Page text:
In hairy cell leukemia, too many blood stem cells become lymphocytes. These lymphocytes are abnormal
and do not become healthy white blood cells. They are also called leukemia cells. The leukemia cells can build up in the blood and bone marrow so there is less room for healthy white blood cells, red blood cells, and platelets. This may cause infection, anemia, and easy bleeding. Some of the leukemia cells may collect in the spleen
and cause it to swell.
This summary is about hairy cell leukemia.
See the following PDQ
summaries for information about other types of leukemia:
Gender and age may affect the risk of hairy cell leukemia.
Anything that increases your chance of getting a disease is called a risk factor. Having a risk factor does not mean that you will get cancer; not having risk factors doesn’t mean that you will not get cancer. Talk with your doctor if you think you may be at risk. The cause of hairy cell leukemia is unknown. It occurs more often in older men.
Signs and symptoms of hairy cell leukemia include infections, tiredness, and pain below the ribs.
These and other signs
may be caused by hairy cell leukemia or by other conditions.
Check with your doctor if you have any of the following:
Tests that examine the blood and bone marrow are used to detect
(find) and diagnose hairy cell leukemia.
The following tests and procedures may be used:
and history: An exam of the body to check general signs of health, including checking for signs of disease, such as a swollen spleen, lumps, or anything else that seems unusual. A history of the patient’s health habits and past illnesses and treatments will also be taken.
(CBC): A procedure in which a sample of blood is drawn and
checked for the following:
The number of red blood cells, white blood cells, and
The portion of the sample made up of red blood
Peripheral blood smear: A procedure in which a sample of blood is checked for cells that look "hairy," the number and kinds of white blood cells, the number of platelets, and changes in the shape of blood cells.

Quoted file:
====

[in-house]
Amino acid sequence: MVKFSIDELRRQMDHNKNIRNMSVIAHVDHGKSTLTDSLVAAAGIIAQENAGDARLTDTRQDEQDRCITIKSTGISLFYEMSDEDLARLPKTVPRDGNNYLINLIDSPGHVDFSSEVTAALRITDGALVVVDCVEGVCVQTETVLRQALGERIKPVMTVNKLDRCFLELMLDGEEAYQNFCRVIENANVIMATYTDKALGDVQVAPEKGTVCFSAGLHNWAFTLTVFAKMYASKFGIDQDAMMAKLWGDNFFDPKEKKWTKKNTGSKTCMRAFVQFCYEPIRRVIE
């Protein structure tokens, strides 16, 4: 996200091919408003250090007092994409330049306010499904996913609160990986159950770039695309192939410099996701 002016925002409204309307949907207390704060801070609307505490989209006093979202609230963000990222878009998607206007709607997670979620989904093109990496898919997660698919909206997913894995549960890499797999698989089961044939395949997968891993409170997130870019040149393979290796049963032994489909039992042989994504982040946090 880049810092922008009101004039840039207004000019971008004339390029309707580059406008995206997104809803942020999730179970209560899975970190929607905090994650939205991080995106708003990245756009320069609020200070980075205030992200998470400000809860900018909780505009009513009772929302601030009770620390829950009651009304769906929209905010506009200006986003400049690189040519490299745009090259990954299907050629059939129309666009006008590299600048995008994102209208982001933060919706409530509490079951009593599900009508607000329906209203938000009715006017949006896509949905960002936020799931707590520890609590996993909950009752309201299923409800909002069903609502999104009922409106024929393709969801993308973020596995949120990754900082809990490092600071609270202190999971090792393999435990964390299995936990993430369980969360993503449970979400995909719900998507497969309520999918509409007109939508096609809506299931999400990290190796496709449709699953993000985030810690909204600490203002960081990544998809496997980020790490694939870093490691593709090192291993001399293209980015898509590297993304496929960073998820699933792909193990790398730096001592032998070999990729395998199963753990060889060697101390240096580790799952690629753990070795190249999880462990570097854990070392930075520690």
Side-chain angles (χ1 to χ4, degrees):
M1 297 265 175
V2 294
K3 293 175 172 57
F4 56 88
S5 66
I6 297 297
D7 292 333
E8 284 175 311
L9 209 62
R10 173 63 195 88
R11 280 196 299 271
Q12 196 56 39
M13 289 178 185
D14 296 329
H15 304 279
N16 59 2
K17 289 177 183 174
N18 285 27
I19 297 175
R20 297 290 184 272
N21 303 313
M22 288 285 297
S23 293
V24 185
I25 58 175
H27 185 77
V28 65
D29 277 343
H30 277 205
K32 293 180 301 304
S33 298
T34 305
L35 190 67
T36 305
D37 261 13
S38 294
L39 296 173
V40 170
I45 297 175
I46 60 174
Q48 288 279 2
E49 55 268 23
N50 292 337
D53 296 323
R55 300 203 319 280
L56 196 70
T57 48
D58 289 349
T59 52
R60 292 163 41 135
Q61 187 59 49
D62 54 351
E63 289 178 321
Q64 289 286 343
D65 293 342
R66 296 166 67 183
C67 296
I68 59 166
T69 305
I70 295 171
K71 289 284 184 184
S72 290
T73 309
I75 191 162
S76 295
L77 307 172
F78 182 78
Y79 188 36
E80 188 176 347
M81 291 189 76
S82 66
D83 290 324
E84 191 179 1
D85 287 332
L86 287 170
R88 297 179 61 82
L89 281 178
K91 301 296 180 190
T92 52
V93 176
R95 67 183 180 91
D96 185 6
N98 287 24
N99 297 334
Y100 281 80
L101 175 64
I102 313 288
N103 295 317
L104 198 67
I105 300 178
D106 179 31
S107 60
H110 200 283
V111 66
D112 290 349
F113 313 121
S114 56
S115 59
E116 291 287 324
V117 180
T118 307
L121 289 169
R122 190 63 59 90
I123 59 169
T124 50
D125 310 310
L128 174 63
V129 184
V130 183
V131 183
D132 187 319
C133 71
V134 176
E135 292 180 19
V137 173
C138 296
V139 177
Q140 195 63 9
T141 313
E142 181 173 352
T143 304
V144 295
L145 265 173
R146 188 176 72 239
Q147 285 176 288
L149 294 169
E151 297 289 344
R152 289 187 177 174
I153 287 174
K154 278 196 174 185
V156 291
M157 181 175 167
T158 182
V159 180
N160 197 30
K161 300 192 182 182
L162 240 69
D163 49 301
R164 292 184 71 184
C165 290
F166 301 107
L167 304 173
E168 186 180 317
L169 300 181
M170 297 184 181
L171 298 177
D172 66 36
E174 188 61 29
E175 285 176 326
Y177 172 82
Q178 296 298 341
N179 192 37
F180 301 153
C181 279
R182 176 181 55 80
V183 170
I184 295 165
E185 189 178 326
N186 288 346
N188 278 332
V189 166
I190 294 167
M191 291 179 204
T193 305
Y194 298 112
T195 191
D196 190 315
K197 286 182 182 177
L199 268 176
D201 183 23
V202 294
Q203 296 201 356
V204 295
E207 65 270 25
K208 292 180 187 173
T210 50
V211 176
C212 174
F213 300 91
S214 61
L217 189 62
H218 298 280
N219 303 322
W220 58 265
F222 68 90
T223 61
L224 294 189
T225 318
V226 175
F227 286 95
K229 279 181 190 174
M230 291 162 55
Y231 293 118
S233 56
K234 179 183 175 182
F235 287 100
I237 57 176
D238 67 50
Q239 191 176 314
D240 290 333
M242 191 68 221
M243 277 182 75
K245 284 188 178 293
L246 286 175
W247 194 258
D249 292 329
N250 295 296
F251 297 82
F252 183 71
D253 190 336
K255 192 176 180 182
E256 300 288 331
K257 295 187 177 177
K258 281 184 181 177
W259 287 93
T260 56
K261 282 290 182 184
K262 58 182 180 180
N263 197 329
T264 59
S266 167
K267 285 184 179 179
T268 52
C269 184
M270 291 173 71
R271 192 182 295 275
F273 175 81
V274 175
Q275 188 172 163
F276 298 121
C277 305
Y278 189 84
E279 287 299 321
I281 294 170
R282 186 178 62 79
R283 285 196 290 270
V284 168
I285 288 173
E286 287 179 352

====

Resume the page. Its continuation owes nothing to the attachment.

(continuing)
Blood chemistry studies: A procedure in which a blood sample is checked to measure the amounts of certain substances released into the blood by organs
and tissues in the body. An unusual (higher or lower than normal) amount of a substance can be a sign of disease.
Immunophenotyping: A laboratory test
in which the antigens
on the surface of a blood or bone marrow cell are checked to see what type of cell it is. This test is done to diagnose
the specific type of leukemia by comparing the cancer cells to normal cells of the immune system.
Flow cytometry: A laboratory test
that measures the number of cells in a sample, the percentage of live cells in a sample, and certain characteristics of cells, such as size, shape, and the presence of tumor markers
on the cell surface. The cells are stained with a light-sensitive dye, placed in a fluid, and passed in a stream before a laser
or other type of light. The measurements are based on how the light-sensitive dye reacts to the light.
Cytogeneticanalysis: A laboratory test in which cells in a sample of tissue are viewed under a microscope to look for certain changes in the chromosomes.
test: A laboratory test done on a bone marrow or blood sample to check for mutations in the BRAF gene. A BRAF gene mutation is often found in patients with hairy cell leukemia.
(CAT scan): A procedure that makes a series of detailed pictures of areas inside the body, taken from different angles. The pictures are made by a computer linked to an x-ray
machine. A dye may be injected
into a vein
or swallowed to help the organs or tissues show up more clearly. This procedure is also called computed tomography, computerized tomography, or computerized axial tomography. A CT scan of the abdomen
may be done to check for swollen lymph nodes
or a swollen spleen.
Certain factors affect treatment options and prognosis (chance
The treatment options may depend on the following:
The number of hairy (leukemia) cells and healthy blood cells in the blood and bone marrow.
Whether the spleen is swollen.
Whether there are signs or symptoms of leukemia, such as infection.
Whether the leukemia has recurred
(come back) after previous treatment.
Whether the hairy cell leukemia does not grow or grows so slowly it does not need treatment.
Whether the hairy cell leukemia responds
Treatment often results in a long-lasting remission
(a period during which some or all of the signs and symptoms of the leukemia are gone). If the leukemia returns after it has been in remission, retreatment often causes another remission.
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